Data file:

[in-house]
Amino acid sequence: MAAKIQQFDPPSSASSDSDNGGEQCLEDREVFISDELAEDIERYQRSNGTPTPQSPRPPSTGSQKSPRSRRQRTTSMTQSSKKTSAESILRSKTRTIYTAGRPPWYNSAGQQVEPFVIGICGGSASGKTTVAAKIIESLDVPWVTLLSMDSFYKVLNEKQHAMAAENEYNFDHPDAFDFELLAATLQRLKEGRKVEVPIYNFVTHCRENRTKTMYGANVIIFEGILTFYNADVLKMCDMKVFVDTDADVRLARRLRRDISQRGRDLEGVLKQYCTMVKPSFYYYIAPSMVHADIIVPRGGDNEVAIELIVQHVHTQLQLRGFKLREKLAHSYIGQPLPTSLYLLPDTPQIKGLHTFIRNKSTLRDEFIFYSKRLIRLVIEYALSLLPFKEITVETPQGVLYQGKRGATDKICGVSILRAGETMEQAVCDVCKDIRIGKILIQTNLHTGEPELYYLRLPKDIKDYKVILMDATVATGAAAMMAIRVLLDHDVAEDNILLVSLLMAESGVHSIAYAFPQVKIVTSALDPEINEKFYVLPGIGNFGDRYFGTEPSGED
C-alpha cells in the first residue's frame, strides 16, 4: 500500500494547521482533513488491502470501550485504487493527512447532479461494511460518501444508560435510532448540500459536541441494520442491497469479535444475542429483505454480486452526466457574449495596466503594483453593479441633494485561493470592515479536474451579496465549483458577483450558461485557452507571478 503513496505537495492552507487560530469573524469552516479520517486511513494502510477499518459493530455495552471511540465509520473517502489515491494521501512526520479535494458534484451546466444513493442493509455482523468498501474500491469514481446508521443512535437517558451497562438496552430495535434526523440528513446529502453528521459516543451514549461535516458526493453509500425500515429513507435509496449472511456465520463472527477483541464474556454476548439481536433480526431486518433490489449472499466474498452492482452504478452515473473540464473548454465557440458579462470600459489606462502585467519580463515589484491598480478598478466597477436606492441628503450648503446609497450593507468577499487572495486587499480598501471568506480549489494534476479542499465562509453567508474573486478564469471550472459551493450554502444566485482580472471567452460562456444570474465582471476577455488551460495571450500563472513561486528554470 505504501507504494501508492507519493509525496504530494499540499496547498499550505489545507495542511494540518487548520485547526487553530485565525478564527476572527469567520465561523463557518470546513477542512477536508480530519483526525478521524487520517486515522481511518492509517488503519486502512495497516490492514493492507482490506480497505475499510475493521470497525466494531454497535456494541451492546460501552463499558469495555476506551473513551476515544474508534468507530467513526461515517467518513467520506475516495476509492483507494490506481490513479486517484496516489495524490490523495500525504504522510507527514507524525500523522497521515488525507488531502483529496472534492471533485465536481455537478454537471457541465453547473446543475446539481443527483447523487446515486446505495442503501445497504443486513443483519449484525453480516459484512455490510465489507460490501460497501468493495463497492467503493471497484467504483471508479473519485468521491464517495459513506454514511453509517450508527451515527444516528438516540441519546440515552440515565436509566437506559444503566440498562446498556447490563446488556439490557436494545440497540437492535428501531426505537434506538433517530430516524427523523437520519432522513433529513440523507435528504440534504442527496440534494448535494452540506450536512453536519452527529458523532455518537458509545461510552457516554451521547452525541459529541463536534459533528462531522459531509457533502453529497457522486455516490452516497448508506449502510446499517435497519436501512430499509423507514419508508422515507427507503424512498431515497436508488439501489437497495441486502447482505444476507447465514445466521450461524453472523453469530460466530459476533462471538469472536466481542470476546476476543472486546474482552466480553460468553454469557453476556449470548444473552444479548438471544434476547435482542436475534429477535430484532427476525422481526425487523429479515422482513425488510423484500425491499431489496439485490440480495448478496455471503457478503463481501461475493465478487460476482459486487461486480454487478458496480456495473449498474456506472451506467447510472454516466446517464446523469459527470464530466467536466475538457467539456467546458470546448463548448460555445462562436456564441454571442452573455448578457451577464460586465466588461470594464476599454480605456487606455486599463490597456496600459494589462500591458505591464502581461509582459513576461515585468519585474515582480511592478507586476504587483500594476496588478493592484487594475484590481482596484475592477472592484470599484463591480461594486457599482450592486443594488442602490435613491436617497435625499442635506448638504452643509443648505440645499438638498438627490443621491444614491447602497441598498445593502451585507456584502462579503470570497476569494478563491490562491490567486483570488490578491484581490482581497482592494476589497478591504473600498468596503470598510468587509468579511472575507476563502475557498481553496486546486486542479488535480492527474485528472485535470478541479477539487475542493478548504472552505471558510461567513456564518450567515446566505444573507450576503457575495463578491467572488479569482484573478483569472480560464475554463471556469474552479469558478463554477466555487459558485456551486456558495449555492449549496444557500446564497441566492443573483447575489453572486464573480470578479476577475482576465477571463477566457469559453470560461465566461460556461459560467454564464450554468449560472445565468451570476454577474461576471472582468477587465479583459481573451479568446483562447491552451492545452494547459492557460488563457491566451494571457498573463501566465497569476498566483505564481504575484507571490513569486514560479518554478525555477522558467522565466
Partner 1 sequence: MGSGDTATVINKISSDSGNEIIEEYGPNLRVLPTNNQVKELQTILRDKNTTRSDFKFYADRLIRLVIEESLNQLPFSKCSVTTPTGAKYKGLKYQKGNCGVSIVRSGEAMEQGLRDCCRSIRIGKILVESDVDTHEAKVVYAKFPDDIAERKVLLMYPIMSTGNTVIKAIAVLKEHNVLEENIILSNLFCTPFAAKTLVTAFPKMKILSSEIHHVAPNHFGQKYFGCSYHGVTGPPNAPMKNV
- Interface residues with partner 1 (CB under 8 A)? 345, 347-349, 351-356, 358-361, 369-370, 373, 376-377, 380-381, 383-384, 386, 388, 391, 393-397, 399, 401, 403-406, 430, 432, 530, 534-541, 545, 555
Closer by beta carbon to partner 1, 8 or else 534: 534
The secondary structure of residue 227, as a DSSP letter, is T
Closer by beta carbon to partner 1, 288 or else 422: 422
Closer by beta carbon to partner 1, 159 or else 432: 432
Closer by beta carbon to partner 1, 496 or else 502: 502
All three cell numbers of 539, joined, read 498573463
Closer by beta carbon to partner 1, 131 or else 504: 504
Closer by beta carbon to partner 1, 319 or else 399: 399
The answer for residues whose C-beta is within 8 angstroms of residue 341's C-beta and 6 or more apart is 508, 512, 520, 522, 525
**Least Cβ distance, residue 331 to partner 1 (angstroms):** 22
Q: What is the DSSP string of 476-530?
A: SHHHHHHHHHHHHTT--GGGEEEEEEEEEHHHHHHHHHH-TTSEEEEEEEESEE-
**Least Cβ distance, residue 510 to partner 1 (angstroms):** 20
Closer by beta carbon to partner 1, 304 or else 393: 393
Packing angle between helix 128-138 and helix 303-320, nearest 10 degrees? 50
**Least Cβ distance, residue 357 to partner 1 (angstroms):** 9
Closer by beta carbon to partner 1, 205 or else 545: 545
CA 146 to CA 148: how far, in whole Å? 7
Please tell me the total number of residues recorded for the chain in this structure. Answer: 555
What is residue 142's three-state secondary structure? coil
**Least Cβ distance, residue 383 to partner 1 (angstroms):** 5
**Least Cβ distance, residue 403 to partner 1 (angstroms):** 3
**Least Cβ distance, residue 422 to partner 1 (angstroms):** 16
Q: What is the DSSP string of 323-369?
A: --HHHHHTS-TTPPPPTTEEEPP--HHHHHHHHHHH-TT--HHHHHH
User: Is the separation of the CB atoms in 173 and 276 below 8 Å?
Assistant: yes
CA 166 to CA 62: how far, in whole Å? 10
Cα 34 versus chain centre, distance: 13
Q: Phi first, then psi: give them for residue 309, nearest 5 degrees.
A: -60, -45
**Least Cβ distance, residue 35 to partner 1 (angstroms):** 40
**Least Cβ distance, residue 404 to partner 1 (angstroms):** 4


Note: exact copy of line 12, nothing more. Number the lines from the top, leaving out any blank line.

Closer by beta carbon to partner 1, 131 or else 504: 504